Deriving its name from the Civil War era, Union Square was once a major recruitment center for the Union Army. Today it is a melting pot where the working class of East Somerville intersects with the city’s fashionable western parts, and is one of the oldest and largest commercial areas in town.
There is much to say about bustling Union Square, but for today I wanted to write specifically about one step that was taken a few years ago to better the community through art and the active involvement of its residents, a hallmark of Mayor Curtatone’s legacy.
In 2005 the Somerville Arts Council held a design competition for local artists and craftsmen to design and build street furniture. The competition was based on 4 objectives: to engage local artists/craftsmen in design and fabrication, to recognize the city’s cultural diversity, to celebrate Union Square’s unique character, and to create beautiful and innovative new street furniture designs. The uncommon furniture can be found throughout Union Square.
Glass-top benches: Aaron Binkley; copper benches: Mitch Ryerson; trash barrel covers: Christina Lanzl, Phil Manker; engraved design on glass: Heather Townsend, Jeff Czekaj, Julie Chen, Wes Boyd.
DAILY TRIVIA: The Queen Anne residential building at 113 College Ave. became a major national focus in 1968 for an alternative Jewish religious movement; it is still the home of the Havurat Shalom community.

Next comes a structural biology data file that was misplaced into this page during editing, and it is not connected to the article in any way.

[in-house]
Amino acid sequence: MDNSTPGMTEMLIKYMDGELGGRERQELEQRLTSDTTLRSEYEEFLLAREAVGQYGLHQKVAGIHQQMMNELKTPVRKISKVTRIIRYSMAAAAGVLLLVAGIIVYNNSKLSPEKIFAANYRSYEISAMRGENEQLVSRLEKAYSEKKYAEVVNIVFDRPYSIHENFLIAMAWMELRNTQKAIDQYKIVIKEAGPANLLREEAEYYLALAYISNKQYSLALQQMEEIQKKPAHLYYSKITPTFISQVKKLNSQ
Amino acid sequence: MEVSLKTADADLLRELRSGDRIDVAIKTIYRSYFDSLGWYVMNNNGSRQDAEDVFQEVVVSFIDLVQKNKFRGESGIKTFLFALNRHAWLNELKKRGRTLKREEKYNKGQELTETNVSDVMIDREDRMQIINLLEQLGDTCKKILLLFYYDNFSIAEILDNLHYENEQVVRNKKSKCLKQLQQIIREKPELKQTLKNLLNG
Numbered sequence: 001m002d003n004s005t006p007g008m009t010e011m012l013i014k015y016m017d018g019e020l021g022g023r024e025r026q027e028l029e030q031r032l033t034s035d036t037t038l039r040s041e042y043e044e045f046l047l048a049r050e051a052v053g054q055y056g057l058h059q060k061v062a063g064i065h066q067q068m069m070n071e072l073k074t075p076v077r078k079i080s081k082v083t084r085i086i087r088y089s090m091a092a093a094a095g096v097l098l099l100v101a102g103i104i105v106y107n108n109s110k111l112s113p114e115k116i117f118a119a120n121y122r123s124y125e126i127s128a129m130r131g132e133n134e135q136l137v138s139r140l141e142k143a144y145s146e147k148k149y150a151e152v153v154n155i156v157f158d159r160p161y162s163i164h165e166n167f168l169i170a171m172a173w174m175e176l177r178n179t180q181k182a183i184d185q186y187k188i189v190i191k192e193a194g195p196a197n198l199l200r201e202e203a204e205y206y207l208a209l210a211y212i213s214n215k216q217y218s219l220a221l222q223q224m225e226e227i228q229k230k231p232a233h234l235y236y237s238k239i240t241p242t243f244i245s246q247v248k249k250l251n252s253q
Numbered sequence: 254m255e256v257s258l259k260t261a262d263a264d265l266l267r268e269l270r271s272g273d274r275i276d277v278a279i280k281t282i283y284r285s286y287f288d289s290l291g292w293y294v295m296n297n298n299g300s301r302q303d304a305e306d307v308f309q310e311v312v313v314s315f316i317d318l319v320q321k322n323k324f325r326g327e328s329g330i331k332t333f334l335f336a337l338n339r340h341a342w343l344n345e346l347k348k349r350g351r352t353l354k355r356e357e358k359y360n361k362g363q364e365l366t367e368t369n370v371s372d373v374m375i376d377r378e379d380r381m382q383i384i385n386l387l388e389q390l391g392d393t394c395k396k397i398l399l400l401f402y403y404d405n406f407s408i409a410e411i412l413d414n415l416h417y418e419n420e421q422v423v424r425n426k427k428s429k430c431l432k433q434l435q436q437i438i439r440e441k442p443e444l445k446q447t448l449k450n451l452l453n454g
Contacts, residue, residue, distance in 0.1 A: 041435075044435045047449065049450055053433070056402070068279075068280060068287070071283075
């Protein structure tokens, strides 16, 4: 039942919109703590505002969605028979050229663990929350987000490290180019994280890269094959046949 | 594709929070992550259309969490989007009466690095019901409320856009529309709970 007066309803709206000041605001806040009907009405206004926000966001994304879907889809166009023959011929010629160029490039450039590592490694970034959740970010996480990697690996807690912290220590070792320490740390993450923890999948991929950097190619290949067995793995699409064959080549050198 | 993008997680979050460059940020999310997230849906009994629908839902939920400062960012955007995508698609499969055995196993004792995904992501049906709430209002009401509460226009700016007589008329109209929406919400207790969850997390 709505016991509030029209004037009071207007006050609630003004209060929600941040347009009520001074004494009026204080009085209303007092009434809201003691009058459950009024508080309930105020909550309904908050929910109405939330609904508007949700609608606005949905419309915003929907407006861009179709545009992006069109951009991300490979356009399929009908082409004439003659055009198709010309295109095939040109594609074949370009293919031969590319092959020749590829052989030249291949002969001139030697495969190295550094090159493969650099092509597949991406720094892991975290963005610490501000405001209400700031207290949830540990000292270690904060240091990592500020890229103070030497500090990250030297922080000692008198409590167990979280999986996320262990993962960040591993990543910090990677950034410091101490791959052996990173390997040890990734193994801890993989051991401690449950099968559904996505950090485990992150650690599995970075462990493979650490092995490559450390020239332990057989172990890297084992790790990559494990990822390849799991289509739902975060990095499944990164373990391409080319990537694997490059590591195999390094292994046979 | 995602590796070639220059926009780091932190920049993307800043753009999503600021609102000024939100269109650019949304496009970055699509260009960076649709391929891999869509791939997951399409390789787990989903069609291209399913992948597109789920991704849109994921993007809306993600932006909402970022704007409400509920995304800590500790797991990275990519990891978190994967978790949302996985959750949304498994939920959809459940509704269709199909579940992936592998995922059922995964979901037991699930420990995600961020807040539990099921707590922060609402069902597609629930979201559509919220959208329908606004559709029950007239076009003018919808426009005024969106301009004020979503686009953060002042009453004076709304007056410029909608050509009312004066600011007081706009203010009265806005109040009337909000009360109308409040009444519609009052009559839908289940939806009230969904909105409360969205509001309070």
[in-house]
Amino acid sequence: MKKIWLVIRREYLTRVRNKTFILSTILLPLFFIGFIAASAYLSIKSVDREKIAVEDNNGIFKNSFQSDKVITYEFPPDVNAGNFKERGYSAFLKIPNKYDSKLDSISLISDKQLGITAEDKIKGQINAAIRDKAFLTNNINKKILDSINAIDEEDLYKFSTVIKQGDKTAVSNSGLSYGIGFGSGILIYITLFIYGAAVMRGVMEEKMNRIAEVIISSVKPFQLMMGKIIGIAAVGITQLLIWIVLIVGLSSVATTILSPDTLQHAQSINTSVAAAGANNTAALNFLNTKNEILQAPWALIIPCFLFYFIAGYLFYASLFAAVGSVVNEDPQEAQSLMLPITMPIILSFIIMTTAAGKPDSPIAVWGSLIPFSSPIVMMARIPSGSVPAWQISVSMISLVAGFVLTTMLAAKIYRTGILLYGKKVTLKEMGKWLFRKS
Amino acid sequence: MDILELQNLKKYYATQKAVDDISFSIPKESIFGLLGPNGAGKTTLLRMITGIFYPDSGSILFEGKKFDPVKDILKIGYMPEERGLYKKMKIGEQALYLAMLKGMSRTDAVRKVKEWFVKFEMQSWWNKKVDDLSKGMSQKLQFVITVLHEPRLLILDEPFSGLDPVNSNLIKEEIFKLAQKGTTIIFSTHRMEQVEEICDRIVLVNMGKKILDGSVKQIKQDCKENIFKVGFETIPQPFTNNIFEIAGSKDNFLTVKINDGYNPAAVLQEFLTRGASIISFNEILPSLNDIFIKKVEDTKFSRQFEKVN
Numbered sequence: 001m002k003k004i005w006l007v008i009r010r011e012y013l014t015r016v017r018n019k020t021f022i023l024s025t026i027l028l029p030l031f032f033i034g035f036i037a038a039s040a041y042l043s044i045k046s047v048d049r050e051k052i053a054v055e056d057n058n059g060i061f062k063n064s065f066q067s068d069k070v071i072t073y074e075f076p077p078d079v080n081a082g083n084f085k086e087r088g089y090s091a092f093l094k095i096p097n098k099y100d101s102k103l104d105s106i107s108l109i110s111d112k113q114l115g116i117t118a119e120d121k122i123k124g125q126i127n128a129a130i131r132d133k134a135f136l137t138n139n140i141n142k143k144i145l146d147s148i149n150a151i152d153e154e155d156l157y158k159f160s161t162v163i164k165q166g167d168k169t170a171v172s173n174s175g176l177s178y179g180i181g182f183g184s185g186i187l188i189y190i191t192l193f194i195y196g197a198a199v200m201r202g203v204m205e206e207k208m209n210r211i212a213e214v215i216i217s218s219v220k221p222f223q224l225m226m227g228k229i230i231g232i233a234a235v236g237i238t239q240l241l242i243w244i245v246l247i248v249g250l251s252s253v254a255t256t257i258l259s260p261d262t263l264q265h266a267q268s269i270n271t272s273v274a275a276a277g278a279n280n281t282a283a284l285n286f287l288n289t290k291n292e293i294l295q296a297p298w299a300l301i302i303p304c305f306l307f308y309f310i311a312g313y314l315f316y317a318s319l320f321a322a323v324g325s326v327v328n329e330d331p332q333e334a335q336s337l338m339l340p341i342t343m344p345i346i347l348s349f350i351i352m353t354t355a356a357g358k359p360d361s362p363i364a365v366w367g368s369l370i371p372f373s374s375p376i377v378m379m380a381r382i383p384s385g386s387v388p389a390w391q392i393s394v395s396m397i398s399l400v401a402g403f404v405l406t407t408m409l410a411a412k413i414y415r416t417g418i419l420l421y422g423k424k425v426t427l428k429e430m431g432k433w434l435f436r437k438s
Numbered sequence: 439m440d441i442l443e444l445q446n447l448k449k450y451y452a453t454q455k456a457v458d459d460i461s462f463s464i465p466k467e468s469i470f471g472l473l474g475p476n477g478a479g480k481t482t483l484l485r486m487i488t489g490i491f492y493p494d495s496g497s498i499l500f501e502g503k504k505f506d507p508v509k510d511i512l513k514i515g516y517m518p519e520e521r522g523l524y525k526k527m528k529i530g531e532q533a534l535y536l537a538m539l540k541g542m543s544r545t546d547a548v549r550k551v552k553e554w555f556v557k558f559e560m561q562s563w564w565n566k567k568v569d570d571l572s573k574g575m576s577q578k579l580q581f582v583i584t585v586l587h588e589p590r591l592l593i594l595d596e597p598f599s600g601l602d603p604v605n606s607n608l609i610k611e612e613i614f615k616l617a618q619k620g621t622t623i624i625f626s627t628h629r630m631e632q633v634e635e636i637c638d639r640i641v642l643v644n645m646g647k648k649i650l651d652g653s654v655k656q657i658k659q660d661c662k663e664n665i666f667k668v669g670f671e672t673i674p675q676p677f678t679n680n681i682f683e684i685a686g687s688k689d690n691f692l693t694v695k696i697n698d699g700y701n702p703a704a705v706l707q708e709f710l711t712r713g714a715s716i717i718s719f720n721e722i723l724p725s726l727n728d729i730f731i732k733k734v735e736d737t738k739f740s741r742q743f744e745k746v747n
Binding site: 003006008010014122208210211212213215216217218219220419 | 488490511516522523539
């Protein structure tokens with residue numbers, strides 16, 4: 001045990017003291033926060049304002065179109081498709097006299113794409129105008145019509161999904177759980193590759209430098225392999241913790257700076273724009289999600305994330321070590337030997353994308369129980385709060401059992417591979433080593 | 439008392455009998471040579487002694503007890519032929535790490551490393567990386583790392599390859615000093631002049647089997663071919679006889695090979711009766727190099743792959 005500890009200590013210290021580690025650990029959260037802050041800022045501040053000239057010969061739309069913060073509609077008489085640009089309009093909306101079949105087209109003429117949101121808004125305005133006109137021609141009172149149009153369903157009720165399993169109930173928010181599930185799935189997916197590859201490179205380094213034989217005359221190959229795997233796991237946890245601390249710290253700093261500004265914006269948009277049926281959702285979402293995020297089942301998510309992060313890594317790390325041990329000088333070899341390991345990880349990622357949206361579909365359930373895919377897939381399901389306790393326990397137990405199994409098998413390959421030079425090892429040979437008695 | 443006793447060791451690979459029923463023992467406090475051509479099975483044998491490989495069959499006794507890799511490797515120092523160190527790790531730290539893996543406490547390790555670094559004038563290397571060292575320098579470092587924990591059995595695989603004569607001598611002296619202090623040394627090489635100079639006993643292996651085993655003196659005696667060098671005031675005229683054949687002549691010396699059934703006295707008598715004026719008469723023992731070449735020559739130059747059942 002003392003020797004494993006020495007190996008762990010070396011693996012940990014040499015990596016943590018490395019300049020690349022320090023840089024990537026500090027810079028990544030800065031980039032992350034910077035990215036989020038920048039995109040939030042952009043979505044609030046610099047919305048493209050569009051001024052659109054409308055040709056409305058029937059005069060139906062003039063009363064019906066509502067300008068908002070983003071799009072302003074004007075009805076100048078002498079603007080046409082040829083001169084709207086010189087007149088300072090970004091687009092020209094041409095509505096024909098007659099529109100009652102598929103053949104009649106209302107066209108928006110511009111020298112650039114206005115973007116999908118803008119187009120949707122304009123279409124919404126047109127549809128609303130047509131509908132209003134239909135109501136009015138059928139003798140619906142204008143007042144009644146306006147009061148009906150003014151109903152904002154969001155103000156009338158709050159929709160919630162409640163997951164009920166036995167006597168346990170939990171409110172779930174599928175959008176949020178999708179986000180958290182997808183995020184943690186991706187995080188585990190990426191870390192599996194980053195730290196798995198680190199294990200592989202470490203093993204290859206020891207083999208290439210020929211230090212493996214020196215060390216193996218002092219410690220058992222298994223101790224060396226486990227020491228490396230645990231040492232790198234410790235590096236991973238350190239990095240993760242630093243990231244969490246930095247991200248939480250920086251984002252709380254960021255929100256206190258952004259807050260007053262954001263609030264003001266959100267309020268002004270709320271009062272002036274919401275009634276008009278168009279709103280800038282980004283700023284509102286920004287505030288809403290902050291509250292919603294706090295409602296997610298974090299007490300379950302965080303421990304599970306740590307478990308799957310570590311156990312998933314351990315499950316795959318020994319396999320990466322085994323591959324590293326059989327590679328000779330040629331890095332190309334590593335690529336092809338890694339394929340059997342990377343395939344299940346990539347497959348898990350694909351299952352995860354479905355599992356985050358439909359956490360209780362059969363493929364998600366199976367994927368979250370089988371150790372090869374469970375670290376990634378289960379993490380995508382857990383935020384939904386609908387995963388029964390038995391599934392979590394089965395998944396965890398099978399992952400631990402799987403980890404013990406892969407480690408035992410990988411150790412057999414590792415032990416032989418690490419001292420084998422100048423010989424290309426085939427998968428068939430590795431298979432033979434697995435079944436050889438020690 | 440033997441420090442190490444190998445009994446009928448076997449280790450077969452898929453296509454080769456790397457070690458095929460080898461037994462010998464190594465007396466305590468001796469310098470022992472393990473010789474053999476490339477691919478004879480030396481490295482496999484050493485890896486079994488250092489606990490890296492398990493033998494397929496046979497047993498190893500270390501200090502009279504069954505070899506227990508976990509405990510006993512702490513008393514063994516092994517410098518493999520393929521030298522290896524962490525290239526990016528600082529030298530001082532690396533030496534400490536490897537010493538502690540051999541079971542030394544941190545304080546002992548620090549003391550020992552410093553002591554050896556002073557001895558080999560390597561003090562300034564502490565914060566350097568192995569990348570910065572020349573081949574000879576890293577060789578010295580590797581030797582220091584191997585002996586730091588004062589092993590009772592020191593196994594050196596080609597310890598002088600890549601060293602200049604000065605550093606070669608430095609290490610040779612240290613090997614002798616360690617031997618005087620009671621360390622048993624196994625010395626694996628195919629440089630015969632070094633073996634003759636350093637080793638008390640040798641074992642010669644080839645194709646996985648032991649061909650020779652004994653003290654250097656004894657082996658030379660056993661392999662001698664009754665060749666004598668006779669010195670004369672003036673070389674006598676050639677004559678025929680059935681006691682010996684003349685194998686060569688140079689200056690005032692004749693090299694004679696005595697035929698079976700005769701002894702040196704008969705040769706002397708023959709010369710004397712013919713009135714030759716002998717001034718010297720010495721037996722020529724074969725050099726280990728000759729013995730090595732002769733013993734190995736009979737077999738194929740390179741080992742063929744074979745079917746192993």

Posted in Arts, Boston, Colonial History, Entertainment, Family, History, Local, Photography, Somerville, MA, Trivia
Tagged Aaron Binkley, ArtsUnion Project, blue collar, Boston, Christina Lanzl, Civil War, colonial history, community, Curtatone, gentrification, gentrified, Grand Union flag, Havurat, Heather Townsend, Jeff Czekaj, Jewish, Julie Chen, melting pot, Mitch Ryerson, Phil Manker, Prospect Hill, Queen Anne, redevelopment, revitalization, Revolutionary War, Shalom, Somerville, Somerville Arts Council, Union Square, Union Square Main Streets, Wes Boyd, working class
Prospect Hill, Somerville, MA
The Prospect Hill Monument is important not only to Somerville’s history but to that of the birth of America. Though the monument itself wasn’t built until 1902, it marks the spot where on January 1, 1776 General George Washington raised the first true American flag at the beginning of the Revolutionary War. A more detailed historical account can be found here.
Prospect Hill Monument
Often referred to locally as “the castle” that overlooks Union Square, Prospect Hill is a familiar destination for families exploring the stone structure or visiting the adjacent park and playground. It’s also a popular spot for folks to congregate on July 4, in an effort to get a glimpse of the Boston fireworks while avoiding the Boston crowds. I did this on the last fourth of July, and in my opinion it’s not worth the trek. The view’s not too shabby in the winter, but once the leaves grow back on the trees it’s an entirely different story.
View of Boston from Prospect Hill
DAILY TRIVIA: Somerville used to be referred to as the “City of the Hills”.
Posted in Boston, Colonial History, Entertainment, Family, History, Local, Parks, Photography, Somerville, MA, Trivia
Tagged America, American flag, Boston, colonial, early flag, George Washington, Grand Union, Grand Union flag, MA, park, picnic, playground, Prospect Hill, Revolutionary War, Somerville, trivia, Union flag, Union Square